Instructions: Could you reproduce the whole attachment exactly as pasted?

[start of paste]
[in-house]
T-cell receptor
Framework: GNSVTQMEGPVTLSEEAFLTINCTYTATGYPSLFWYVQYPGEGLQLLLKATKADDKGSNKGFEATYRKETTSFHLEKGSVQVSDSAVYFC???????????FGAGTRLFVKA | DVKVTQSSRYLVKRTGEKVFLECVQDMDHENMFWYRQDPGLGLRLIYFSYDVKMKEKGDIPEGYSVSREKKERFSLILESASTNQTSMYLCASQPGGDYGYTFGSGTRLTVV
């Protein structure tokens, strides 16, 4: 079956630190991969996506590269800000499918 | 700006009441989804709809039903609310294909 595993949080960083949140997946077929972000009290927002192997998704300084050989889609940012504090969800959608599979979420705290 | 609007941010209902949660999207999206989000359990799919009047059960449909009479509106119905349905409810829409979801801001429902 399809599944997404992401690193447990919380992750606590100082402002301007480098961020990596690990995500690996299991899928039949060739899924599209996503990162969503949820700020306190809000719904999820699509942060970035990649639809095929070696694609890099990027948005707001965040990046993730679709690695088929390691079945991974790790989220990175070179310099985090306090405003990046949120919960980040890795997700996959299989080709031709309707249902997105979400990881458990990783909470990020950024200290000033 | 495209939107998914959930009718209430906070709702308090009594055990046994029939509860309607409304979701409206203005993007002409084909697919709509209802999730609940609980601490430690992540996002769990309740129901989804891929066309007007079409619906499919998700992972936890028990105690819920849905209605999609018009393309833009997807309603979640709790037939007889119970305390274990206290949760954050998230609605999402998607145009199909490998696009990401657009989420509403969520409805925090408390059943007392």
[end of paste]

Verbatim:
[in-house]
T-cell receptor
Framework: GNSVTQMEGPVTLSEEAFLTINCTYTATGYPSLFWYVQYPGEGLQLLLKATKADDKGSNKGFEATYRKETTSFHLEKGSVQVSDSAVYFC???????????FGAGTRLFVKA | DVKVTQSSRYLVKRTGEKVFLECVQDMDHENMFWYRQDPGLGLRLIYFSYDVKMKEKGDIPEGYSVSREKKERFSLILESASTNQTSMYLCASQPGGDYGYTFGSGTRLTVV
């Protein structure tokens, strides 16, 4: 079956630190991969996506590269800000499918 | 700006009441989804709809039903609310294909 595993949080960083949140997946077929972000009290927002192997998704300084050989889609940012504090969800959608599979979420705290 | 609007941010209902949660999207999206989000359990799919009047059960449909009479509106119905349905409810829409979801801001429902 399809599944997404992401690193447990919380992750606590100082402002301007480098961020990596690990995500690996299991899928039949060739899924599209996503990162969503949820700020306190809000719904999820699509942060970035990649639809095929070696694609890099990027948005707001965040990046993730679709690695088929390691079945991974790790989220990175070179310099985090306090405003990046949120919960980040890795997700996959299989080709031709309707249902997105979400990881458990990783909470990020950024200290000033 | 495209939107998914959930009718209430906070709702308090009594055990046994029939509860309607409304979701409206203005993007002409084909697919709509209802999730609940609980601490430690992540996002769990309740129901989804891929066309007007079409619906499919998700992972936890028990105690819920849905209605999609018009393309833009997807309603979640709790037939007889119970305390274990206290949760954050998230609605999402998607145009199909490998696009990401657009989420509403969520409805925090408390059943007392």